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News Newspaper Archive: February 12, 1964 - Page 1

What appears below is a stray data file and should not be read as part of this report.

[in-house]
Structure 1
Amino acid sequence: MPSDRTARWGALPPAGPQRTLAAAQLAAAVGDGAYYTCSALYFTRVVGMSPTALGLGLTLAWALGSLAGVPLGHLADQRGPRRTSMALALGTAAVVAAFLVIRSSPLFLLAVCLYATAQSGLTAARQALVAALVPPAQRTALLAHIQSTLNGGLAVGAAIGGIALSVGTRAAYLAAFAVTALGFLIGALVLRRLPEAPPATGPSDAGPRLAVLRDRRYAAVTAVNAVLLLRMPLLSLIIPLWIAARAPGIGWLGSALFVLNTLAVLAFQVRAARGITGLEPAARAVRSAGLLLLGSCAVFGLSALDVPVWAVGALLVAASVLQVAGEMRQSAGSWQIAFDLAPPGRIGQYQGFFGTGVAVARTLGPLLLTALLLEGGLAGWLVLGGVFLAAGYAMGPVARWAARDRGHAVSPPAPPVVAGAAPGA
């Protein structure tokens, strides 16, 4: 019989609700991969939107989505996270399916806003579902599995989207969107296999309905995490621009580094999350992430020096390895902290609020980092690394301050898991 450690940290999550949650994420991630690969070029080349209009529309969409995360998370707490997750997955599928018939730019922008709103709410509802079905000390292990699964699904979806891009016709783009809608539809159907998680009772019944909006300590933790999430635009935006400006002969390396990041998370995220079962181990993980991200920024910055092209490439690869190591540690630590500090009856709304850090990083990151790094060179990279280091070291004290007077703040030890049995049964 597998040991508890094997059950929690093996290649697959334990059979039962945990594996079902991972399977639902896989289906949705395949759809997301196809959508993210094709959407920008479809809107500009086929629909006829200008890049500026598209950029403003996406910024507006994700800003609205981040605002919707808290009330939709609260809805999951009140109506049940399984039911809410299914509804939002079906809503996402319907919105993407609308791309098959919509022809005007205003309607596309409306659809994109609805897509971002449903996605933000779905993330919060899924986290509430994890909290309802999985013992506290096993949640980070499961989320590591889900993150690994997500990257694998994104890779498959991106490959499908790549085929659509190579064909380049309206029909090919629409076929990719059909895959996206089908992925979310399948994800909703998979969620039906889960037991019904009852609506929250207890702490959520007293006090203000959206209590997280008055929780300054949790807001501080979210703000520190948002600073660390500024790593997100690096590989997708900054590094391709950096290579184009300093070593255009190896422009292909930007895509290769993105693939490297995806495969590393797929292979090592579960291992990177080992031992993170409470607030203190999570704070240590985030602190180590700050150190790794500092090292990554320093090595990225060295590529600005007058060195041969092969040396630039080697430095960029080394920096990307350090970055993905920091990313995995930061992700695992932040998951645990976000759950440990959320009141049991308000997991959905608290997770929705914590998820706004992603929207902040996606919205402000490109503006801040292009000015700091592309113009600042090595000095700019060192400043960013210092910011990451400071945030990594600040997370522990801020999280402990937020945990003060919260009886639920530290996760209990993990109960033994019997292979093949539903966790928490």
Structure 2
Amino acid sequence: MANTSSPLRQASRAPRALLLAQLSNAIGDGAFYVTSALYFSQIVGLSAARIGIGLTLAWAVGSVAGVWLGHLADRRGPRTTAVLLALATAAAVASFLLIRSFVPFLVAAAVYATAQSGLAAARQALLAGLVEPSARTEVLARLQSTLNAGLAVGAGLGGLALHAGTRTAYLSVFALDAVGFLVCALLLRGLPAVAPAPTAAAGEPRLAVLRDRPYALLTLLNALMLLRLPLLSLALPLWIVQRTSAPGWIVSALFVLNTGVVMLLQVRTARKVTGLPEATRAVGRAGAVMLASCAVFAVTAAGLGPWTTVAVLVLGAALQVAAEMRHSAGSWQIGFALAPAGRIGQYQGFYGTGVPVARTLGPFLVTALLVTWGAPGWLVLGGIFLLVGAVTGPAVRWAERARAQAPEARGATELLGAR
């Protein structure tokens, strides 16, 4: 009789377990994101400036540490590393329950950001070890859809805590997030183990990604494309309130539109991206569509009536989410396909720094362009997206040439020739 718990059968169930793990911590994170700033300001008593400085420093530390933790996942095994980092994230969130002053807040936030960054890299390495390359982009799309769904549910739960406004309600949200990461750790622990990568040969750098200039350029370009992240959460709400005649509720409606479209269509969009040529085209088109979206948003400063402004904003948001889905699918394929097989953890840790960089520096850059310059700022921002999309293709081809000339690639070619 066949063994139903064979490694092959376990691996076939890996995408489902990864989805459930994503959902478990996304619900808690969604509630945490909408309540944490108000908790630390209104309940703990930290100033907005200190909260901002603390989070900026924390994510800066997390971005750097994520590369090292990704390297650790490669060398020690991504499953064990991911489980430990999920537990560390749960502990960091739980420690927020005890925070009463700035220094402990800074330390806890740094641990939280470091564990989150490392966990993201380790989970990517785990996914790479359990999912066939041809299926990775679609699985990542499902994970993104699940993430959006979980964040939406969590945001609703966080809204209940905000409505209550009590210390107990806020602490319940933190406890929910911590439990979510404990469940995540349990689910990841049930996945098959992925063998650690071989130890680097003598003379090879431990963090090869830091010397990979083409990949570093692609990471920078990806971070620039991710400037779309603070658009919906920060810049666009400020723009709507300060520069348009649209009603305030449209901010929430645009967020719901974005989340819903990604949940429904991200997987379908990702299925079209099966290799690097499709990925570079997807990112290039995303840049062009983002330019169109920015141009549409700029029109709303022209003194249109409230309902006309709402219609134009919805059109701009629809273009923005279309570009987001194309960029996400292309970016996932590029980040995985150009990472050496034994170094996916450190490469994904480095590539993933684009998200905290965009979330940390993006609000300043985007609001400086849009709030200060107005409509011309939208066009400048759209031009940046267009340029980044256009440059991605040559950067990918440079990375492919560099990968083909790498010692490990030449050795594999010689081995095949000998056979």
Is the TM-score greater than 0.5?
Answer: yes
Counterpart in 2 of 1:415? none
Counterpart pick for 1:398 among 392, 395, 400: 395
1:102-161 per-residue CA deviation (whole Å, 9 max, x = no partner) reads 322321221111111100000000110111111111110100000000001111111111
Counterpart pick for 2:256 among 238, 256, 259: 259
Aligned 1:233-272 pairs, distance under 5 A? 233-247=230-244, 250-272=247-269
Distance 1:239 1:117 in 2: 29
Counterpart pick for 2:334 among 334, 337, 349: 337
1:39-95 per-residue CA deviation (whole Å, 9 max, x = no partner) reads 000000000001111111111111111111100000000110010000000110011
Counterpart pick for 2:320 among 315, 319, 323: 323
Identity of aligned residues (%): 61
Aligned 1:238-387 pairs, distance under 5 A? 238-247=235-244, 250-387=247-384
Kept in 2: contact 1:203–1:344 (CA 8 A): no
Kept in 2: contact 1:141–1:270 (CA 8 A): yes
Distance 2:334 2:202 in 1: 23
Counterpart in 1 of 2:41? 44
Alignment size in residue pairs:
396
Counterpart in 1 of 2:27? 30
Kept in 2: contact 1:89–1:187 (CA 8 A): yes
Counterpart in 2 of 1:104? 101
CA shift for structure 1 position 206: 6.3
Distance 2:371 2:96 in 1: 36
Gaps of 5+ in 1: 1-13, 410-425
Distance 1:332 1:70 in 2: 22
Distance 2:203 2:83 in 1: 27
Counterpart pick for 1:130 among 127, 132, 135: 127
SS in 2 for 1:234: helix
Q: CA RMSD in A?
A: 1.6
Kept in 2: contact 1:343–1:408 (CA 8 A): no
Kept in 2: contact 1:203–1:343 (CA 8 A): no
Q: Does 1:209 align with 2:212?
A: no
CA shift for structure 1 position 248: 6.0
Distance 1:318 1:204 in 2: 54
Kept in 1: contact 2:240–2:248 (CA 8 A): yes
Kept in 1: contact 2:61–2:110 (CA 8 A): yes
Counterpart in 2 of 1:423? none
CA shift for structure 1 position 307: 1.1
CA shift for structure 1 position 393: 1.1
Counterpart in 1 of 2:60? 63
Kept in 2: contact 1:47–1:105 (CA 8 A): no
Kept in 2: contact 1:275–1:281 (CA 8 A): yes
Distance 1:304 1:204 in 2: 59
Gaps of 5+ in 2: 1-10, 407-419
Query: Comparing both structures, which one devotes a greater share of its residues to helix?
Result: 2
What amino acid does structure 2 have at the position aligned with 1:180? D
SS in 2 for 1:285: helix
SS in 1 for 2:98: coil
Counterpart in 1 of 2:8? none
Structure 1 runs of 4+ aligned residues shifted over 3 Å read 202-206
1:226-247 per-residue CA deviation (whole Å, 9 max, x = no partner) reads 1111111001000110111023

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   News (Newspaper) - February 12, 1964, Frederick, Maryland                                Weather Forecast Cloudy and wanner tonight, low 20 to 26. Thursday snow changing to rain, high 40 to 45. Friday fair and colder. Communications Man, Retired. Has No Time Left For Loafing Page 6 VOL. 101 FREDERICK, MD., WEDNESDAY, FEBRUARY 12, 1964 (ICTIONS 20 PAGES SECTION SINGLE COPY WEEKLY CARRIM Grange Speaks On School Favors Close Scrutiny Given Plans For Proposed TJ High School The Pomona Grange of Fred- erick County has gone on record as favoring the close scrutiny being given present plans for the Governor Thomas Johnson High School. The farm organization is in favor of a new school for Fred- erick but has officially i- mended three members of the Board of Education, Presid t Clarence C. C. Thomas, Vice C. Gordon Smith, and Hallar Best, for their "stimulat- ing close scrutiny" of the plans for the multi-million dollar school. A special meeting of the Board of Education was being held this afternoon in an effort to approve plans for the school so that the project can be adverti-sd for bids. Mr. Thomas said be- fore the rreeting he didn't think there was a "chance in the world" of the plans being ap- proved today. Seeing Board Members A number of committee mem- bers of the grange met last ek with the three members of the board who have been demanding changes in the plans. Another meeting is scheduled by the grange this Thursday evening at the Production Credit Office, East street. This time the other members of the Board of Edu- cation and administrative of- ficials have been invited to at- tend. Bernard Remsburg, master of Pomona Grange, and Austin P. Renn and Harry E. Swomley, appeared at the meeting of the Board of Education last week to invite the board members to at- tend the study session. Want 30-Day Delay Mr. Renn told the educators that several members of the grange have been studying af- fairs -of- the county and want- ed to hear both sides of the school building problem. As chairman of the economy and efficiency committee of the grange, Mr. Renn asked that ap- proval of the plans be delayed for 30 days so that his group could study both sides of the problem. Charles King is chair- man of the grange executive committee which is studying the plans along with Mr. Renn's group. Mr. Thomas informed the grange representatives that the school is needed badly and that it is important to get the building under as rapidly as possible. Board Disturbed Ross V. Smith, former presi- dent of the Board of Education, said he was "disturbed" because part of the board was invited to attend one meeting and the oth- ers were asked to attend another session. "To invite part and not the whole board doesn't make sense to Mr. Smith stated. Mr, Renn said the grange members felt they could get a better understanding of the problems if they heard one side at a time. He emphasized that the group is not interested in "upsetting" anybody's plans. "We want to be he concluded. Against Procedure Mrs. Mary Condon Hodgson said she met only once with the special School Board committee studying the school plans. She said she resigned the committee only because the way the other members, C. Gordon Smith and Mr. Best, went about their study- ing the plans. She said "I'm for economy as Local Churches Begin Lent; Morning, Evening Services The beginning of the 40-day Lenten season was marked this Ash Wednesday in Frederick by several hundred churchgoers at- tending early morning Lenten services at two of this city's churches. St. John's Catholic Church and the All Saints Episcopal church began the 40-day period of fast- ing and penitence with morning services while other 'Christian denominations will start their Lenten observance with servic- es this evening. During this Lenten period, contrition and self-denial will be stressed in prayers and ser- mons in Frederick churches, with many of these churches conducting Lenten services ev- ery Wednesday evening through- out this period. At this morning's service at the Episcopal church, ashes were bestowed upon the members of the congregation by marking of the members' foreheads. The Ca- tholic Church also bestows Cash- es. These ashes used by the two local churches are the remains of burned palms which were used during the Palm Sunday ceremonies. The ashes are blessed in the Catholic and Episcopal churches following an early morning mass. Many communities in Freder- ick County, such as Walkers- ville and Lewistown, will hold community Lenten services each Wednesday or Sunday evening with members of the area min- isterium participating in each service. The word Lent, originally meant spring, and gradually came to mean the period of fasting in preparation for Eas- ter. The custom of marking the forehead with ashes, done by the Catholic and Episcopal churches of the city, was first done in the early Church in Rome to begin public penance. World Day Of Prayer Friday Children To Participate In Ecumenical Services The local observance of the of Rev. Robert 0. Holley Jr, World Day of Prayer to be held this Friday by the Frederick Council of United Church Wo- men, will feature a new service never before held in this area Friday at 4 p.m. an all Chil- drens' Service will be held in the sanctuary of the Calvary Methodist Church for children in grades one through junior high school. This service, with the same theme for the entire World Day of Prayer services, "Let Us is under the direction Below Zero Temperatures Reported Temperatures tumbled below zero in parts of Frederick county last night but drifting of the sev- en-inch layer of snow failed to occur as feared. The lowest temperature in the county was reported as -4 de- grees. That numbing reading was recorded at Unionville. Residents in other parts of the county had plenty of reason for shivering. Temperatures were generally below the teens. Of- ficially the low mark here early this morning was 11 degrees. Other unofficial readings show- ed the temperature to be several degrees colder. Roads crews were pleased that the drifting of the snow did not occur as predicted. A spokesman for the county roads department said this morning that every- thing is now under control. Some slippery spots remain on roads throughout the area but overall the roads are in good condition. More precipitation is moving in this direction but the weather bureau said it should arrive here as rain Thursday. Temperatures this afternoon are expected to climb into the 40; following a maximum Tuesday of just 29 degrees. educational director at Calvary Methodist Church. Rev. Holley said the children' service will deepen the boys' an girls' feeling of belonging to world-wide family and wiU giv them the ecumenical experienc of meaningful worship. The serv ice will also stress unity to th children and give them concern for all persons of the world a well as encourage them in the support of interdenominationa projects. Assisting Rev. Mr. Holley in the direction of this children' service will be Miss Olive Engle Democrats Plan Annual J-J Dinner of the United Church and Presbyterian Mrs. Austin Rhoades, of the Evangelical Re- formed United Church of Christ The program will consist of a children's rhythmic choir, a singing choir, and several chil dren participating as readers. Those children participating in the program will be: Readers Chris Harner, Good Shepherc Lutheran; Kathleen Anderson All Saints Episcopal; Jennifer Sullivan, Parkway Church oi God; Marsha Shober, Church 01 fhe Brethren; Charles Smith Missionary Baptist; Melinda Derr, Evangelical Reformec United Church" of Christ; Debo- rah Zeiler, United Presbyterian Church; and Janice Dykstra, First Baptist Church. Music, the Cherub Choir oi the Calvary Methodist Church inder the direction of Mrs. Lil- ian Braungart; duet, Linda and Kenneth Bromfield, of the Unit- ed Presbyterian Church, and or- ganist, Mrs. John Felton, of the Calvary Methodist Church. The Rythmic Choir is com- rosed of: Gwendolyn Parker, Asbury Methodist Church; Robin 3oy, Quinn A. M. E. Church; Theresa Wachter, Trinity Meth- odist Church; Cheryl Hann, evangelical Lutheran Church; 'arleen Piepoli, Calvary Meth- odist Church; Betsy Russell, Grace United Church of Christ, and Debbie Nunembaker, Evan- ;elical United Brethren Church. Ushers for the Children's Serv- ce will be from the Calvary VI et h o d i s t, Evangelical Re- ormed United Church of Christ and the United Presbyterian churches. far as the school program goes there are a lot of things the committee questions that should be investigated, but I do not like the way things were handled." Message Sold For NEW YORK Abraham Lincoln's message of congratulations to the defeated Union Army of the Potomac in the battle of Fredericksburg, Va., was auctioned Tuesday for The Carnegie Book Shop of Manhattan purchased the docu- ment, the only known version written in Lincoln's hand. It was auctioned by the Parke-Bernet Galleries. In both manuscript and print- ed form, the message commend- ed the qualities of the army and gave the thanks of the nation. Proposed Subdivision Regulations Land Divisions Are Defined By Planning And Zoning AMBULANCE CALL The United ambulance wes called out around a.m. to- day on a routine transport. The patient was taken from Carver Apartments to Frederick Me- morial Hospital (Editor's Note: This Is the second of a series of articles telling of the proposed subdivision regulations for Freder i c k County Today's story tells of require- ments for minor and maior subdivi- sions. The information for the series is from the Frederick County Planning and Zoning Commission What is a subdivision? In the regulations proposed by the Frederick County Planning and Zoning Commission a subdivi- sion is defined as "The division of any tract or parcel of land into two or more parcels for the purpose, whether immediate or future, of transfer of owner- ship or of building development, or any division of a parcel of land if a new street is required." It should be noted however, that subdivision regulations are not intended to include a testa- mentary division of land among the members of a family for personal use, and not for devel- opment, or a division of land for agricultural purposes and not requiring a new street. If a property owner chooses to sell a single lot off his land along a public road, can he do so without any concern for the subdivision regulation? The ans- wer to this question is "yes" _ rules. according to the A minor. subdivision Is any subdivision containing not more than four fronting on I an ousting public maintained or road, not requiring anew street or road to be built or the extension of municipal facilities. The development must not ad- versely affect the development of the remainder of the proper- ty or adjoining property and cannot conflict with any portion of the-County Comprehensive Plans or the Zoning Ordinance. The requirements for a minor subdivision consist of sketching the lots on a sheet of tracing paper. The paper and the base map from which the sketch is to be traced will be furnished by the Planning Commission. -The staff of the Planning and Zoning Commission will assist the property owner in preparing the sketch. No other plotting or engineering information is re- quired. A major subdivision is one in which no new street or exten- sion of municipal facilities are required in development of five or more lots, or one in which a new street or extension of mu- nicipal facilities is needed for two or more lots. Lots of record prior to the date of adoption of the regula- tions shall not be counted in arriving at the maximum num- ber of lots allowed before a de- veloper becomes a major sub- divider. Jefferson-Jackson Affair Set For April 11 At Peter Pan Inn Frederick County Democrats will gather April 11 at Peter Pan Inn, Urbana, for their an- nual spring social, the Jeffer- son-Jackson Day Dinner, it was announced today by Mrs. Mary Condon Hodgson, general chairman. Mrs. Hodgson, who is heading the affair for the fourth consecu- tive year, said that all eight of the local Democratic clubs are participating as sponsors. The speaker, who will be a national Democratic political figure, and the program will be announced. The evening wil] open with a social hour at 6 p.m. Dinner will be served at 7 and dancing will follow the pro- gram. The committee sponsoring the affair is composed of the fol- lowing representatives of the eight Democratic organizations: Democratic State Central Com- mittee, Austin C. Powell, chair- man, Mrs. Ruby V. Hahn and E. W. Bartgis. Jeffersonian Democratic Club, Milton Nash Jr., president, John 0. Ramsburg and Eugene Car- lisle. Jeffersonian Club, Incorporat- ed, M. Austin Young, president, Murray F. Fox and Alvey Shel- ton. Women's Democratic League of Frederick County, Mrs. S. Madelyn Himes, president, Mrs. Victor M. Marken and Mrs. Elizabeth A. Knill. Glade yalley Women's Demo- cratic Ciub, Mrs. George C. Nicholson, president, and Miss Hilda Devilbiss. Ladies Auxiliary of the Jeffer- sonian Democratic Club, Mrs. Austin C. Powell, president, Mrs. Joseph Coady and Mrs. Robin Staley. New Frontier Women's Demo- cratic Club of Frederick County, Mrs. Jane Bollinger, president, Mrs. Sue Moorehead and Mrs. Pat Weddle. And, the Young Democratic Club of Frederick County, Stan- ley Y. Bennett, president, Miss Shirley Moss and Donald Whit- worth. The following officers and committee chairmen were elect- ed in addition to Mrs. Hodgson: Secretary, Mrs. Knill; financial secretary, Mr. Fox; ticket chair- man, Mrs. Staley; program chairman, Mr. Bennett; refresh- ment chairman, Mrs. Himes; hospitality chairman, Mr. Bart- jis; publicity co-chairmen, Mrs. Powell and Mr. Whitworth; dec- oration chairman, Mrs. Nichol- son; banquet chairman, Mrs. 3ahn; gift chairman, Mrs. Bol- linger; and entertainment chair- man, Mr. Nash. Tawes To Make Appeal For Tax Increase On TV USHERS IN LENTEN SEA- Paul VI kneels to have his forehead dabbed with ashes as he ushers in the Lent- en season with an Ash Wednes- day ceremony in his private chapel in the Apostolic Palace at Vatican City. Luigi Cardinal AP WirephotO Traglia, left, papal Pro-Vicar of the City of Rome, places the ashes on the Pope's forehead. Pope Comments Dr. Hutton Reports From Canal Zone Friends in Frederick received some first hand news of the 'ruckus" in the Canal Zone 'rom Dr. Robert S. Hutton, now stationed there. In a letter to William Trout, secretary of he Lions Club of Frederick, of which he became a member while at Fort Detrick, he sent a check for his dues and said le keeps up with the club hrough "The Lions he club publication. He wrote in part: "I had bought I would get around and see some of you when I was in 7rederick the first of the month but the day after I ar- rived the ruckus broke out here. was concerned about my fam- ly and got back here as quickly as possible. They were in no mmediate danger but did have a ringside seat to the whole show as our house is located on hillside overlooking the area where the disturbance was. Things are quiet say too quiet. We will see. U S. News and World Report carried n excellent account of what hap- >ened and made some very sound observations. Perhaps you lave seen it. Some of the daily )apers and (a certain) magazine were, for my money, way off Jase, Most assuredly there was no invasion of Panama by U.S. roops or police. "We are enjoying very nice weather here now. This is the season of the year. My laughter complains of being cold how and then but I'm sure he temperature has not been jelow 70 day or night. At this season we have much wind. Our ffices are open and I have a dickens of a time keeping things in my We have the house ir conditioned so that it no problem there." Says Modern Life Faced With Doubt VATICAN CITY VI told preachers and parish priests of Roman Catho- ic church today that modern ife has become characterized >y doubt, public scandal and spiritual confusion. The Pope, who spoke to the -enten preachers in the Sistine lhapel on the occasion of Ash Wednesday, said; Ideals are in crisis; philoso- phy has been replaced by calcu- ations o f immediate utility. Tears that things are worsen- ing, as if this were- inevitable, overcome the spirit, while spir- tual and moral gains no longer are in fashion. "The word of the spirit seems to have been left in the scab- bard of doubt and spiritual con- fusion. Exactly for this reason, the message of the religious truth must be made to resound with the greatest strength." The Pope added: "Public morality (is) every day doubly offended by miser- able scandals of bad customs and by publicity which spread them (the scandals) and makes pastures of those openly immor- al spectacles which dishonor art, corrupt people, ignore the secret character of life and, what is worse, offend the law of God." The Pope urged the preach- ers "to stimulate the spirits to better thoughts and a thing which he said was in the present day "an urgent and grave task." Johnson Welcomes Home With Brotherly Love WASHINGTON (AP) east Asia; and negotiations with ident Johnson welcomed Brit- ain's prime minister to Wash- ington today with a remark that the United States and Brit- ain are much like two brothers who squabble occasionally "but whose ties are too strong ever to break." Johnson, addressing Sir Alec- Douglas Home in a formal ceremony at the north portico of the White House, said, "May God bless our work together." Looking ahead to two days of talks on a multitude of world trouble spots, Johnson said he sand the prime minister will meet in friendship "with a high resolve to face our common problems and to try to solve them for the common good." Douglas Home said much of their talk undoubtedly will focus on ways and means to promote world order and stabil- ity. The American and British chiefs normally confer a couple of times a year in the continu- ing close U.S.-British associa- tion. Probable topics for the meet- ings between the two leaders included trade with the Com- munists, generally, and with Cuba, in particular; the state of the Western Alliance; South- Ball Arrives In Troubled Cyprus NICOSIA, Cyprus (AP) Un- dersecretary of State George Ball and British envoy Cyril Pickard called on President Ma- karios today to present the lat- est U.S.-British plan to land an international peace keeping force on Cyprus. Ball hurried to the meeting shortly after he arrived from Turkey on his flying peace mis- sion. The conference took place as fighting between Greek and Turkish communities flared anew in the south coastal city of Limassol, 38 miles southwest of Nicosia. At least one Greek Cypriot policeman was killed, a palace spokesman said. A spokesman .for the Greek Cypriot president said the talks will decide whether Makarios will take the case to the United Nations. If they are considered unsatisfactory, a special Greek Cypriot delegation probably will be sent to U.N. headquarters in One Car Of Derails Tuesday It has been reported that one car of a Railroad coal train derailed around 5 p.m. Tuesday at West Plain, near Bartholows. The source said that the car, which was loaded with coal, was part of a 100-car eastbound train going to Baltimore. The track was cleared in approxi- mately four hours and there were no reported injuries. the Soviet Union. In Toronto, Douglas Home made plain Tuesday night that Britain will refuse to cancel its sale of buses to Cuba or join the U.S economic boycott of Cuba aimed at toppling Prime Minister Fidel Castro's regime. In an address at the 60th an- niversary dinner of the Empire Club of Canada, Douglas-Home called on the Soviet Union to join with the West in expanding trade with underdeveloped na- tions to relieve their poverty. Court Order Halts Space Picketing CAPE KENNEDY, Fla (AP) federal court order, issued just before midnight Tuesday, has halted union picketing which had stopped worth of construction on Cape Kennedy and the adjacent Mer- ritt Island moonport. U.S. Dist. Judge George C. Young issued a temporary re- straining order requested by the National Labor Relations Board. The ruling directed the Order of Railroad Telegraphers, AFL-CIO to withdraw picket lines. Picket lines vanished by 6 a.m. today and construc- tion workers who had honored them for two days returned to their jobs. Judge Young declared the re- straining order effective until 5 p.m. Thursday. He set anoth- er hearing for NLRB and union attorneys for 2 p.m. that day, at which time he indicated he could extend the order. Ill Montgomery County Council Rejects Zoning Proposed For Rural Areas relatively high density areas of in the lower sections of the county. The proposed zoning would have also regulated the types of structures and building uses in rural areas. The County Council, in reject- ing the proposed zoning, refer- red to the new master plan for Montgomery County now up for adoption which will maintain many of the rural areas and only designate some for urban development. The citizens groups represent several hundred residents of that county from various organiza- tions including the Montgomery A five acre zoning classifi- cation proposed by citizens groups to conserve open space and curb pressures for high density developments in rural areas, suffered a second defeat Tuesday in Montgomery County. The rural zoning proposal, which was turned down by the Montgomery County Council, promotes the economic use and conservation of the land for agri- culture, natural resource devel- opment, residential estates, non- intensive recreational use and other similar purposes. The zoning proposal would have applied mainly to the rural areas of Upper Montgomery County, according to Byron Sedgwick, information officer of the county. It would have dis-1 Montgomery County League of sessions now held in alternate Aides Arranging For Time Unique Move For Governor; Pressman To Seek Equal Time ANNAPOLIS (AP) Gov. Tawes is preparing a unique tel- evision appearance to present his case for an increased Mary- land state income tax, it was learned today. Aides are working on arrange- ments for the statewide tele- case, which would mark the governor's first direct appeal of this kind on any measure since he took office six years ago. Word of the governor's plans brought a strong protest from Hyman A. Pressman, Baltimore comptroller. He said he would demand equal time. Pressman had challenged the governor to a television debate on the tax proposal, and the comptroller said today Tawes had failed to reply to a televi- sion station's offer to present the debate. Preman said that because of this, and the fact that the proposed tax is "not completely he will "invoke the FCC ruling and demand equal time on any radio or TV station which carries the gover- nor's talk." In another unprecedented move, administration money ex- perts will address a joint meet- ing of the State Senate and House of Delegates to explain details of the Tawes plan to raise the income tax from 3- per cent to 4 per cent. An informed source said two of these officials Budget Di- rector James G. Rennie Jr. and Legislative Fiscal Research Di- rector John S. Shriger also probably will accompany the Governor on the television pro- gram. Plans for the telecast and the special legislative briefing re- flect concern of the Democratic administration about opposition to the tax proposal. The governor, in his "state of the state" message at the out- set of the current 30-day session of the legislature, said the jacked-up tax rate is necessary to finance new aid to education and other growing state expen- ditures. Among most outspoken op- ponents of the move has been State Comptroller Louis L. Goldstein, whom Tawes is back- ing for Democratic nomination to the U.S. Senate. Goldstein, virtually the entire Republican minority in the Leg- islature, and even some Demo- cratic legislators contend the 1 per cent rate increase would be excessive. The governor has threatened to veto any measure calling for a smaller raise. He acknowledges that the 1 per cent boost would raise about million in its first full year of collection and that his teacher pay raise bill will cost only about million at the start. But only about 810.2 million from the higher tax could be chipped in for the education program in its early stages be- cause of different starting dates 'or the school year and the Jan. 1 effective date of the tax. The rest of the money for this year would come from surplus funds. Details of the Tawes telecast were still being worked out to- day, but one Baltimore TV sta- tion was understood to have of- fered the governor a choice of two evening time slots Thurs- day or Friday. One legislative leader indicat- ed the joint Senate-House brief- ing would be held within a few days of the telecast. In other legislative develop- ments: Thomas Hunter Lowe, D-Talbot, prepared for introduc- tion today a bill to extend for 'our 1966 to :he present apportionment of seats in the House of Delegates. House Tuesday gave preliminary approval to legisla- tion calling for 77-day annual meetings of the Legislature in- County Civic Federation and the stead of the 9flNJay Lie ocin- LV w ucai vdo vvuiitj. TTUUIU nm VG uio- j New York later this week. i tinguished this area from the Women Voters. 1 years. HE